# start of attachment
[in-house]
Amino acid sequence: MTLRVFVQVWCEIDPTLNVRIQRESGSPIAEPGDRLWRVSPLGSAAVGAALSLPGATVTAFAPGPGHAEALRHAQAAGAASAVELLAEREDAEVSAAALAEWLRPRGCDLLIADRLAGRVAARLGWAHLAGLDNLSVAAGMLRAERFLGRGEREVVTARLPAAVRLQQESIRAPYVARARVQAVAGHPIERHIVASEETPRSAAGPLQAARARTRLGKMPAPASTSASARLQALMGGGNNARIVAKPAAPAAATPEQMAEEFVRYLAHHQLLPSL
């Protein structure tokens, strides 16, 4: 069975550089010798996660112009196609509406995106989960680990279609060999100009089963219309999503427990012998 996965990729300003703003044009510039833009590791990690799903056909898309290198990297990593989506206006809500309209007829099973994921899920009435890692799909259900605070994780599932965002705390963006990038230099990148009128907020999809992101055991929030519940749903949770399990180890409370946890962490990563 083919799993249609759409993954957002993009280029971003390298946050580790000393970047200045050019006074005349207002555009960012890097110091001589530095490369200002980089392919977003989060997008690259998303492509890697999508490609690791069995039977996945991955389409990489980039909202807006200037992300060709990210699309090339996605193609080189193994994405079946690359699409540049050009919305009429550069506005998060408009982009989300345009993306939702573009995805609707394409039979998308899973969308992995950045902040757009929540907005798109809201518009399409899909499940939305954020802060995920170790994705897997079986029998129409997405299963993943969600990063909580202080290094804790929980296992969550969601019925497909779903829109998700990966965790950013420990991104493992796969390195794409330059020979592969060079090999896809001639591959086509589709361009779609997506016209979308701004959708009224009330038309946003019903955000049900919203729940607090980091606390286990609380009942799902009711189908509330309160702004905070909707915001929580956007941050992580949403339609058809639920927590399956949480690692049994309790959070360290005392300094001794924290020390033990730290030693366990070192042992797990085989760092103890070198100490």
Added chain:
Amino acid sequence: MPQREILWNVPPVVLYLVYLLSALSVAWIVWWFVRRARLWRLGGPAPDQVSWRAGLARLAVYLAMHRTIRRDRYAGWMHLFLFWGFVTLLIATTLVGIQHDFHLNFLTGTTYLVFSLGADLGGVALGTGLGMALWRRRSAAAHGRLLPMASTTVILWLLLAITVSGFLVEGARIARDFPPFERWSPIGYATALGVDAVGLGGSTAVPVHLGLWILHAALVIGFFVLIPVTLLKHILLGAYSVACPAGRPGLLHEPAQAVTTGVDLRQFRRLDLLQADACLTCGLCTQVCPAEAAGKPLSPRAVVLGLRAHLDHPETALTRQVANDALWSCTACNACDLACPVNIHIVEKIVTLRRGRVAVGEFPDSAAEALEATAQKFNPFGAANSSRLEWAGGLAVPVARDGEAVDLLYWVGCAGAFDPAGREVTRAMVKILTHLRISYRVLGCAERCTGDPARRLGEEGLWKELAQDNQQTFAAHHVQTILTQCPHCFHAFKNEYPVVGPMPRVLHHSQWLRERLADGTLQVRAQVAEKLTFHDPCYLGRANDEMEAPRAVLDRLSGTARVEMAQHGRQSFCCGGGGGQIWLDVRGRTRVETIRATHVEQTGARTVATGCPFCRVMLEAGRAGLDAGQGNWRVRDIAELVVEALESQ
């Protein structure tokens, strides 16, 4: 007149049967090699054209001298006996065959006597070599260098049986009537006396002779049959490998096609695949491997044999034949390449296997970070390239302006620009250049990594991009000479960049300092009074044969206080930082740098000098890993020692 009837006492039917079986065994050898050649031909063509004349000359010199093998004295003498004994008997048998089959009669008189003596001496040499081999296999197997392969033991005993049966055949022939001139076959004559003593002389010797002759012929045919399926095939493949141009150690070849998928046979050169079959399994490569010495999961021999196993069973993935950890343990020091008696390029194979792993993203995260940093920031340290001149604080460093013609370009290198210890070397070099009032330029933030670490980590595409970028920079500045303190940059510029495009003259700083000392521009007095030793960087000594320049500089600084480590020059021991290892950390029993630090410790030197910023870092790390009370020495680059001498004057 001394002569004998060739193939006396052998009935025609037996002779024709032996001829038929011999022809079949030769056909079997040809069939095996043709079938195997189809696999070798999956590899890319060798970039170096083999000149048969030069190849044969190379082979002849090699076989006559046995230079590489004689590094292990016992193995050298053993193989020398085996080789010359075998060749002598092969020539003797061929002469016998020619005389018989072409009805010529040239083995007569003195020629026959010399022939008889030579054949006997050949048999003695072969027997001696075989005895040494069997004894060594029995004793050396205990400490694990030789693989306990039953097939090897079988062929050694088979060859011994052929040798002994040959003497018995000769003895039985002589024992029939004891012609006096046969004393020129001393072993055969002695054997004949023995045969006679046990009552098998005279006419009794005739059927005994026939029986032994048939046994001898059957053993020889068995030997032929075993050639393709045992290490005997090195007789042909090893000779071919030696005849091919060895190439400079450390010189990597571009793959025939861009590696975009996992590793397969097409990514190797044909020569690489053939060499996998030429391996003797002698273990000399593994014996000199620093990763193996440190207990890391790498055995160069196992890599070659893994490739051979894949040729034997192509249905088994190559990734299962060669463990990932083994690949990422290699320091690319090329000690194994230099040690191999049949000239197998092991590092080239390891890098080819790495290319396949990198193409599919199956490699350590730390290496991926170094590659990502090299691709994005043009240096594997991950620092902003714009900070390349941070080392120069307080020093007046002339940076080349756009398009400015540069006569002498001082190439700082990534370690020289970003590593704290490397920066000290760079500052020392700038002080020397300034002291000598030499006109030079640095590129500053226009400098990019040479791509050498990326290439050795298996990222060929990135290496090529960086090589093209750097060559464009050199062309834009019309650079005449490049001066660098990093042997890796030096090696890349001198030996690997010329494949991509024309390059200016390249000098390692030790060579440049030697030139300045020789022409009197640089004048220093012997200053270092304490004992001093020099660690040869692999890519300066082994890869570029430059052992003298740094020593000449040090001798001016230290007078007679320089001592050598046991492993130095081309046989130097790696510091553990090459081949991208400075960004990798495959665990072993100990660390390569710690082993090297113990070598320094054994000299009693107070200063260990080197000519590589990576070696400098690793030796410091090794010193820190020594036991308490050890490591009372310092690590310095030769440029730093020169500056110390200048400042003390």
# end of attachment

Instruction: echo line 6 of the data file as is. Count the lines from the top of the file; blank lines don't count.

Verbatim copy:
């Protein structure tokens, strides 16, 4: 007149049967090699054209001298006996065959006597070599260098049986009537006396002779049959490998096609695949491997044999034949390449296997970070390239302006620009250049990594991009000479960049300092009074044969206080930082740098000098890993020692 009837006492039917079986065994050898050649031909063509004349000359010199093998004295003498004994008997048998089959009669008189003596001496040499081999296999197997392969033991005993049966055949022939001139076959004559003593002389010797002759012929045919399926095939493949141009150690070849998928046979050169079959399994490569010495999961021999196993069973993935950890343990020091008696390029194979792993993203995260940093920031340290001149604080460093013609370009290198210890070397070099009032330029933030670490980590595409970028920079500045303190940059510029495009003259700083000392521009007095030793960087000594320049500089600084480590020059021991290892950390029993630090410790030197910023870092790390009370020495680059001498004057 001394002569004998060739193939006396052998009935025609037996002779024709032996001829038929011999022809079949030769056909079997040809069939095996043709079938195997189809696999070798999956590899890319060798970039170096083999000149048969030069190849044969190379082979002849090699076989006559046995230079590489004689590094292990016992193995050298053993193989020398085996080789010359075998060749002598092969020539003797061929002469016998020619005389018989072409009805010529040239083995007569003195020629026959010399022939008889030579054949006997050949048999003695072969027997001696075989005895040494069997004894060594029995004793050396205990400490694990030789693989306990039953097939090897079988062929050694088979060859011994052929040798002994040959003497018995000769003895039985002589024992029939004891012609006096046969004393020129001393072993055969002695054997004949023995045969006679046990009552098998005279006419009794005739059927005994026939029986032994048939046994001898059957053993020889068995030997032929075993050639393709045992290490005997090195007789042909090893000779071919030696005849091919060895190439400079450390010189990597571009793959025939861009590696975009996992590793397969097409990514190797044909020569690489053939060499996998030429391996003797002698273990000399593994014996000199620093990763193996440190207990890391790498055995160069196992890599070659893994490739051979894949040729034997192509249905088994190559990734299962060669463990990932083994690949990422290699320091690319090329000690194994230099040690191999049949000239197998092991590092080239390891890098080819790495290319396949990198193409599919199956490699350590730390290496991926170094590659990502090299691709994005043009240096594997991950620092902003714009900070390349941070080392120069307080020093007046002339940076080349756009398009400015540069006569002498001082190439700082990534370690020289970003590593704290490397920066000290760079500052020392700038002080020397300034002291000598030499006109030079640095590129500053226009400098990019040479791509050498990326290439050795298996990222060929990135290496090529960086090589093209750097060559464009050199062309834009019309650079005449490049001066660098990093042997890796030096090696890349001198030996690997010329494949991509024309390059200016390249000098390692030790060579440049030697030139300045020789022409009197640089004048220093012997200053270092304490004992001093020099660690040869692999890519300066082994890869570029430059052992003298740094020593000449040090001798001016230290007078007679320089001592050598046991492993130095081309046989130097790696510091553990090459081949991208400075960004990798495959665990072993100990660390390569710690082993090297113990070598320094054994000299009693107070200063260990080197000519590589990576070696400098690793030796410091090794010193820190020594036991308490050890490591009372310092690590310095030769440029730093020169500056110390200048400042003390």